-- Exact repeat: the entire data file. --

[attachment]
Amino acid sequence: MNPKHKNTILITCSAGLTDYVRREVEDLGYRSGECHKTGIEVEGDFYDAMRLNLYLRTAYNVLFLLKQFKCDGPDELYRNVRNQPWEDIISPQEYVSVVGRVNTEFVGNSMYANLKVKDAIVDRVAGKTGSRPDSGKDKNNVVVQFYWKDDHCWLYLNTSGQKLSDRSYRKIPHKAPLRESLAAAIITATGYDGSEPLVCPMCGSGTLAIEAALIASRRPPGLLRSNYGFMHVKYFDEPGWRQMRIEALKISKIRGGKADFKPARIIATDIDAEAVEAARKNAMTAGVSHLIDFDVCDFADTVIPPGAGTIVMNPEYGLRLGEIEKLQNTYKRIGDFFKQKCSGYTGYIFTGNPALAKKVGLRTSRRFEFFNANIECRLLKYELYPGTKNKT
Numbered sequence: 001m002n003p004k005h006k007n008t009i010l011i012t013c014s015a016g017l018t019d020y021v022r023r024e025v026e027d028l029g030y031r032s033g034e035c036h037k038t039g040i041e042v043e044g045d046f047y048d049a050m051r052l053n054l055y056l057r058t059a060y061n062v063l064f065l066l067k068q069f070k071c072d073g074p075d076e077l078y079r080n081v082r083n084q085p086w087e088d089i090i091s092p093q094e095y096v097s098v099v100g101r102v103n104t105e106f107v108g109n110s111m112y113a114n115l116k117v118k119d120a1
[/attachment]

Amino acid sequence: MNPKHKNTILITCSAGLTDYVRREVEDLGYRSGECHKTGIEVEGDFYDAMRLNLYLRTAYNVLFLLKQFKCDGPDELYRNVRNQPWEDIISPQEYVSVVGRVNTEFVGNSMYANLKVKDAIVDRVAGKTGSRPDSGKDKNNVVVQFYWKDDHCWLYLNTSGQKLSDRSYRKIPHKAPLRESLAAAIITATGYDGSEPLVCPMCGSGTLAIEAALIASRRPPGLLRSNYGFMHVKYFDEPGWRQMRIEALKISKIRGGKADFKPARIIATDIDAEAVEAARKNAMTAGVSHLIDFDVCDFADTVIPPGAGTIVMNPEYGLRLGEIEKLQNTYKRIGDFFKQKCSGYTGYIFTGNPALAKKVGLRTSRRFEFFNANIECRLLKYELYPGTKNKT
Numbered sequence: 001m002n003p004k005h006k007n008t009i010l011i012t013c014s015a016g017l018t019d020y021v022r023r024e025v026e027d028l029g030y031r032s033g034e035c036h037k038t039g040i041e042v043e044g045d046f047y048d049a050m051r052l053n054l055y056l057r058t059a060y061n062v063l064f065l066l067k068q069f070k071c072d073g074p075d076e077l078y079r080n081v082r083n084q085p086w087e088d089i090i091s092p093q094e095y096v097s098v099v100g101r102v103n104t105e106f107v108g109n110s111m112y113a114n115l116k117v118k119d120a1